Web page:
Ø The mere denial by defendant of his signature is not sufficient to offset the totality of the evidence indubitably showing that the signature thereon belongs to him. The entry in the Certificate of Live Birth that Leoncia and Artemio was falsely stated therein as married does not mean that Merceditas is not appellee's daughter. This particular entry was caused to be made by Artemio himself in order to avoid embarrassment.
Ø It is difficult to believe that plaintiffs mother, who is a mere dressmaker, had long beforehand diabolically conceived of a plan to make it appear that defendant, who claims to be a total stranger to be a total stranger, was the father of her child, and in the process falsified the latter's signatures and handwriting.
Ø The natural, logical and coherent evidence of plaintiff from the genesis of the relationship between Leoncia and appellee, their living together as circumstances of plaintiff's birth, the acts of appellee in recognizing and supporting plaintiff, find ample support from the testimonial and documentary evidence which leaves no room to reasonably doubt his paternity which may not be infirmed by his belated denials.
Ø Any other evidence or proof that the defendant is the father is broad enough to render unnecessary the other paragraphs of this article. When the evidence submitted in the action for compulsory recognition is not sufficient to meet requirements of the first three paragraphs, it may still be enough under the last paragraph. This paragraph permits hearsay and reputation evidence, as provided in the Rules of Court, with respect to illegitimate filiatio
Ø As a necessary consequence of the finding that private respondent is the spurious child of petitioner, she is entitled to support. In awarding support to her, respondent court took into account the following:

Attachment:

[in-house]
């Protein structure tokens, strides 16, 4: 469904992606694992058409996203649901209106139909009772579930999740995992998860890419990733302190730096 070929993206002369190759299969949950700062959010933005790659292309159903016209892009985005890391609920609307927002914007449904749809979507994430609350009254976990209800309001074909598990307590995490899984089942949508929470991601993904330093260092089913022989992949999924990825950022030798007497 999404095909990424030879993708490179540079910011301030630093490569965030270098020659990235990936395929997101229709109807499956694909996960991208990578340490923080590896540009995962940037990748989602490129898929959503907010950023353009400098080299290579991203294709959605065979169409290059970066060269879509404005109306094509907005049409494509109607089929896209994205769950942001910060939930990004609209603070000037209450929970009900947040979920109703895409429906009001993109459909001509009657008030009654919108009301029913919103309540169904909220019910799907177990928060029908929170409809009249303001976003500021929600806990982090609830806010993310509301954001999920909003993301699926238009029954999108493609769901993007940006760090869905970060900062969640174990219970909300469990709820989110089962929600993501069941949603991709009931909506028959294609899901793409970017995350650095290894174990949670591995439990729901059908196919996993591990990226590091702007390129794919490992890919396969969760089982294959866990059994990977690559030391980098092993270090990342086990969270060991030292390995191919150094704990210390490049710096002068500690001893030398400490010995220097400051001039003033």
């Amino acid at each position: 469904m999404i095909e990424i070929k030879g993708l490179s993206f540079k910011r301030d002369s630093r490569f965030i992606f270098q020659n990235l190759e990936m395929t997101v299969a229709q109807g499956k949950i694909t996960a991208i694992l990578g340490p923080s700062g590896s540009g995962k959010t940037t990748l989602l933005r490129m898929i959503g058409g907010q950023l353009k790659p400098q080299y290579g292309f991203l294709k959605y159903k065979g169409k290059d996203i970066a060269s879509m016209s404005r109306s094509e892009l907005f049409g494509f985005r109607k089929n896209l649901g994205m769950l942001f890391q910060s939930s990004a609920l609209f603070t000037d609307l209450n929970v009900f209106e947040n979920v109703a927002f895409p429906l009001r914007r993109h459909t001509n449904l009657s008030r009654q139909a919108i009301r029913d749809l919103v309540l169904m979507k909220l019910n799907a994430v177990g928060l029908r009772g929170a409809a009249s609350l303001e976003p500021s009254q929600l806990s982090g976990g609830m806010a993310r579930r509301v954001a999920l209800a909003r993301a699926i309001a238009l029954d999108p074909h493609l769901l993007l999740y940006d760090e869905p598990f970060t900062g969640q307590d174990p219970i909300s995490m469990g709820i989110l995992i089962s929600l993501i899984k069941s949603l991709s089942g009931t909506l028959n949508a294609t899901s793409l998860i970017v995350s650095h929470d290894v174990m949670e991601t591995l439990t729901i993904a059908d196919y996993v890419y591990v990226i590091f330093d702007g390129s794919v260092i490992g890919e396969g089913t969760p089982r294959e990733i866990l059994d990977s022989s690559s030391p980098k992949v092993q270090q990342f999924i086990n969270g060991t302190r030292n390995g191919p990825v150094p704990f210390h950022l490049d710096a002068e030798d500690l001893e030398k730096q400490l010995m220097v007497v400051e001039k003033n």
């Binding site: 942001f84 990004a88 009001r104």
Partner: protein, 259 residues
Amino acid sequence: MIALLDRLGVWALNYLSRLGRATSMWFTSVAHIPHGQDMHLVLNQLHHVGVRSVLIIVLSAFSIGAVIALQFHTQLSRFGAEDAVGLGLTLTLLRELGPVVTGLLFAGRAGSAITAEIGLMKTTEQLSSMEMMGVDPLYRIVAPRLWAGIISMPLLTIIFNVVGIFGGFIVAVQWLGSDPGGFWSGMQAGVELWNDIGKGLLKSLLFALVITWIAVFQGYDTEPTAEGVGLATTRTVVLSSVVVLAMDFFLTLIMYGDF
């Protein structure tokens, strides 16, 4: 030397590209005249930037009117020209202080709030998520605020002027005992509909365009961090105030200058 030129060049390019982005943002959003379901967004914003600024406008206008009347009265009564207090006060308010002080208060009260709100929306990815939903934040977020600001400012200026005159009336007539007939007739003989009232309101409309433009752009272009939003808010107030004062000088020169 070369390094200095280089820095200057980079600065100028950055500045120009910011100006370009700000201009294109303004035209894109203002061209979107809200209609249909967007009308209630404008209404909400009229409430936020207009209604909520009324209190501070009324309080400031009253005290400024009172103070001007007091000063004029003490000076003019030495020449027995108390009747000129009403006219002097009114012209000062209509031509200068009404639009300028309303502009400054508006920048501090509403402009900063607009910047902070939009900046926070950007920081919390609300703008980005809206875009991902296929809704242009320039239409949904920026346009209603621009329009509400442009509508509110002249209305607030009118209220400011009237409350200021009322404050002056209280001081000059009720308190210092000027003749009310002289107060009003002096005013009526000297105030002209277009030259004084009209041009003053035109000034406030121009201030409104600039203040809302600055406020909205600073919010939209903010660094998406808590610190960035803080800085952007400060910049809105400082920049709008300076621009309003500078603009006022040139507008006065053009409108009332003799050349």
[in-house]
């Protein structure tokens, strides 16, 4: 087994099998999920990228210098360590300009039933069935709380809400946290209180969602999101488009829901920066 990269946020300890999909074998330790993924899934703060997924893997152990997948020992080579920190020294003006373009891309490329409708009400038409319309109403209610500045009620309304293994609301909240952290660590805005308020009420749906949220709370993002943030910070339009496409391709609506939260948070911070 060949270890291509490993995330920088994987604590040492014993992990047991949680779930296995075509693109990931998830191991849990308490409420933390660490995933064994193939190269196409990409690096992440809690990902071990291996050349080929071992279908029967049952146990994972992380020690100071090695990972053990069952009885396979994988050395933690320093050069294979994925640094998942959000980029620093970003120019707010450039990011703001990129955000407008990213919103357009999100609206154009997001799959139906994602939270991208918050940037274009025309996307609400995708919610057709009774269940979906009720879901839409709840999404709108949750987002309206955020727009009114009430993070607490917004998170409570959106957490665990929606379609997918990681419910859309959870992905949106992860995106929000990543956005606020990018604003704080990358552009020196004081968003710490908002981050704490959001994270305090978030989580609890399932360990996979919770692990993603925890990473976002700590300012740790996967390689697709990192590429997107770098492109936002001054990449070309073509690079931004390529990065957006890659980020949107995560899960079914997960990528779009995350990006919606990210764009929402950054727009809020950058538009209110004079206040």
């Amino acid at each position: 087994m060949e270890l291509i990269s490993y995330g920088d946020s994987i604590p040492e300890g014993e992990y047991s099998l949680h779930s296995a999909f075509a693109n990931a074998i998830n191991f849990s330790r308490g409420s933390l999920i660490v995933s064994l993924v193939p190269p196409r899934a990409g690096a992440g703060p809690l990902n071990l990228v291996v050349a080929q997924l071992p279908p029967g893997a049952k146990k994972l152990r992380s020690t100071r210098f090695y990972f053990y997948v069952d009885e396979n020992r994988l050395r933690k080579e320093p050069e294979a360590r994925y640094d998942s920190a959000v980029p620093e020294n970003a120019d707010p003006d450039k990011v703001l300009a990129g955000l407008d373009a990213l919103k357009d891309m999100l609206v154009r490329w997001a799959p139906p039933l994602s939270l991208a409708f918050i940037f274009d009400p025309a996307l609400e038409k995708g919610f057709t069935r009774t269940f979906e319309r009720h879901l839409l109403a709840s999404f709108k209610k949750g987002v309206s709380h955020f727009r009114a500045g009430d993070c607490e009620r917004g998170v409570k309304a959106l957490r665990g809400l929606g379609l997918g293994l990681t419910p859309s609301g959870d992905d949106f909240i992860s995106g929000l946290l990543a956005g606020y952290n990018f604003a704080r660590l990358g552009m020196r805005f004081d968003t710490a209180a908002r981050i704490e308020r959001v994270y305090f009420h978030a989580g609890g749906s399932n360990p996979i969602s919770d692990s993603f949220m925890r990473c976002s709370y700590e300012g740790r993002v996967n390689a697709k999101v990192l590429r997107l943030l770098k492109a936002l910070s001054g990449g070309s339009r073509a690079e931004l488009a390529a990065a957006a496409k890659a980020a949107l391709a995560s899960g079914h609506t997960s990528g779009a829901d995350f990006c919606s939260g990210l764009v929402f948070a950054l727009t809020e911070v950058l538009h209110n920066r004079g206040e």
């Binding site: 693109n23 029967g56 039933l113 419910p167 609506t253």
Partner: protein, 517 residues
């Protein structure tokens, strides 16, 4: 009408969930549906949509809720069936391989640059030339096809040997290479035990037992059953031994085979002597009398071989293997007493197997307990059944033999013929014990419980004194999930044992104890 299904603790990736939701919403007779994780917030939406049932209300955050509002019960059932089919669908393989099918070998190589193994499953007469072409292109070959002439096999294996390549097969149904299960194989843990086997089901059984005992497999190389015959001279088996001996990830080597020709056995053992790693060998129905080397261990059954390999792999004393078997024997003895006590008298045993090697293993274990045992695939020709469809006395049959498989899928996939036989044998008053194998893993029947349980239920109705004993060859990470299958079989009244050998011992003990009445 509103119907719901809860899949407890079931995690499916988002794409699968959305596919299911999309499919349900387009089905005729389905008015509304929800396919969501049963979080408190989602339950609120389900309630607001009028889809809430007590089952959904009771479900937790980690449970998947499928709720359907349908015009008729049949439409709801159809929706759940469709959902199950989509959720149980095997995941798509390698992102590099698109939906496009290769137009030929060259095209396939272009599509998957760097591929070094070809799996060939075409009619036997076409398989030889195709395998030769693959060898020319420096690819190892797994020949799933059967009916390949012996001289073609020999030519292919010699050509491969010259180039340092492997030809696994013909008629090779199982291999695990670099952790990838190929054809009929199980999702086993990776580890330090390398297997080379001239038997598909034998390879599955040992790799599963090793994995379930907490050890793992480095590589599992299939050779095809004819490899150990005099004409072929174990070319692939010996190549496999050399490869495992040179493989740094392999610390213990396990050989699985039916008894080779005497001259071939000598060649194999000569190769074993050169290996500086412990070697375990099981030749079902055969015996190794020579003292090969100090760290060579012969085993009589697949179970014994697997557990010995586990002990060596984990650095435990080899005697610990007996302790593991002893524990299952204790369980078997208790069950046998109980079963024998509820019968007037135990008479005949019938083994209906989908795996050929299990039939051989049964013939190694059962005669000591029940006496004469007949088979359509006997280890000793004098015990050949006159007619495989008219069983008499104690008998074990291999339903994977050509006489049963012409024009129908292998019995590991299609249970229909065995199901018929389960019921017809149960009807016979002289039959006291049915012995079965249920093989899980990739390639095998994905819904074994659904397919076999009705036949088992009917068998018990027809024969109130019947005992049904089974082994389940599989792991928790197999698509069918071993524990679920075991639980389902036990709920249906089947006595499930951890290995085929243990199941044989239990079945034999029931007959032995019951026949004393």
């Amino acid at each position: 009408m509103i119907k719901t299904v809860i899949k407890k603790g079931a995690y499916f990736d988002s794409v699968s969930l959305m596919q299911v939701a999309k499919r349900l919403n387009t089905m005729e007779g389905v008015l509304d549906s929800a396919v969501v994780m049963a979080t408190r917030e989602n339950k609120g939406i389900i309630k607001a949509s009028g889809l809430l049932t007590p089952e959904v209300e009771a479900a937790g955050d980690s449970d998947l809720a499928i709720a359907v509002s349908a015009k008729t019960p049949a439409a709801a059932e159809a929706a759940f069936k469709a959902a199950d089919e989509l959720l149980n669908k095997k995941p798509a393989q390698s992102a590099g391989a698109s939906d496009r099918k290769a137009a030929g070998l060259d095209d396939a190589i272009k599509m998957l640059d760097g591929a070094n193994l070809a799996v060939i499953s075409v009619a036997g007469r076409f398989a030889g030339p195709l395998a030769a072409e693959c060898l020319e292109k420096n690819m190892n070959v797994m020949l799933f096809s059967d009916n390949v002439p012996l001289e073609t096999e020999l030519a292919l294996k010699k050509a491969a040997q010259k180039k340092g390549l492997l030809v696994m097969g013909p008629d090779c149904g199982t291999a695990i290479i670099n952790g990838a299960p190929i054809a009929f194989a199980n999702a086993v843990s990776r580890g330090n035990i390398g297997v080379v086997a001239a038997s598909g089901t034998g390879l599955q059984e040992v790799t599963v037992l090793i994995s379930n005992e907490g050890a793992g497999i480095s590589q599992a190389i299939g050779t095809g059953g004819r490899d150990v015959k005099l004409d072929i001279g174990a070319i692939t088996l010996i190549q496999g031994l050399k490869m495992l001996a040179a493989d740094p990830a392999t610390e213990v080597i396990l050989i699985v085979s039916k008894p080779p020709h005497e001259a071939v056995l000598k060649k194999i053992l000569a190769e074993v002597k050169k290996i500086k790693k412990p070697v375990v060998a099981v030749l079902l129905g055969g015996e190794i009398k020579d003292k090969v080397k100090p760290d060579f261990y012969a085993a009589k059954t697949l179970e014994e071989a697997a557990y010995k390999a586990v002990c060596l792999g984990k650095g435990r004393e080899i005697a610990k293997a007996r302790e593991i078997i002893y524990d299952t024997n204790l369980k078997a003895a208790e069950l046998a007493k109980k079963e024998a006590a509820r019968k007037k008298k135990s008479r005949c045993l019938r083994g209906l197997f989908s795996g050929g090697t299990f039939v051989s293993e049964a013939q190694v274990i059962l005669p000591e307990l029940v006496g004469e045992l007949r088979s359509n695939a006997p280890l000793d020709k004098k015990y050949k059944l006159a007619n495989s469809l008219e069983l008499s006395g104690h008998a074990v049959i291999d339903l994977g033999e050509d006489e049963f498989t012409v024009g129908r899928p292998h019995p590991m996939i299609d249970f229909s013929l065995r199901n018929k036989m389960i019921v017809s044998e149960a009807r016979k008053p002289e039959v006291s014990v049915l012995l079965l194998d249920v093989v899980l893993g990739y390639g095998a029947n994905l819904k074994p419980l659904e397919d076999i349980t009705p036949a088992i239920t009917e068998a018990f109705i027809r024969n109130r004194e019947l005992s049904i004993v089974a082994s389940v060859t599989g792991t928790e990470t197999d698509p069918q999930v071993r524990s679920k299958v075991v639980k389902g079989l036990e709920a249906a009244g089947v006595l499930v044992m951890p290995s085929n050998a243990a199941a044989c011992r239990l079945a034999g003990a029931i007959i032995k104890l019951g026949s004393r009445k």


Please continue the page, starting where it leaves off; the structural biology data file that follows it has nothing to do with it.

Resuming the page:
Ø The obligation to give support shall be demandable from the time the person who has a right to recover the same needs it for maintenance, but it shall not be paid except from the date of judicial or extrajudicial demand.
Ø The complaint in this case was filed on August 14, 1972. Plaintiff, having been born on December 30, 1963, was about 9 years old at the time and was already of school age spending about P400.00 to P500.00 a month for her school expenses alone, while defendant was earning about P10,000.00 a month. She is therefore entitled to support in arrears for a period of 12 years, 4 months and 14 days, which is hereby fixed at P800.00 a month for the 1st 3 years; and considering the declining value of the peso as well as her needs as she grows older, at a graduated increase of P1,000.00 a month for the next 3 years; P1,300.00 a month for the succeeding 3 years; and P1,500.00 a month for the last 3 years, 4 months and 14 days until she attained the age of majority.
Ø This being an action for legal support, the award of attorney's fees is appropriate under Article 2208 (6) of the Civil Code. Moreover, the court deems it just and equitable under the given facts and circumstances that attorney's fees and expenses of litigation should be recovered.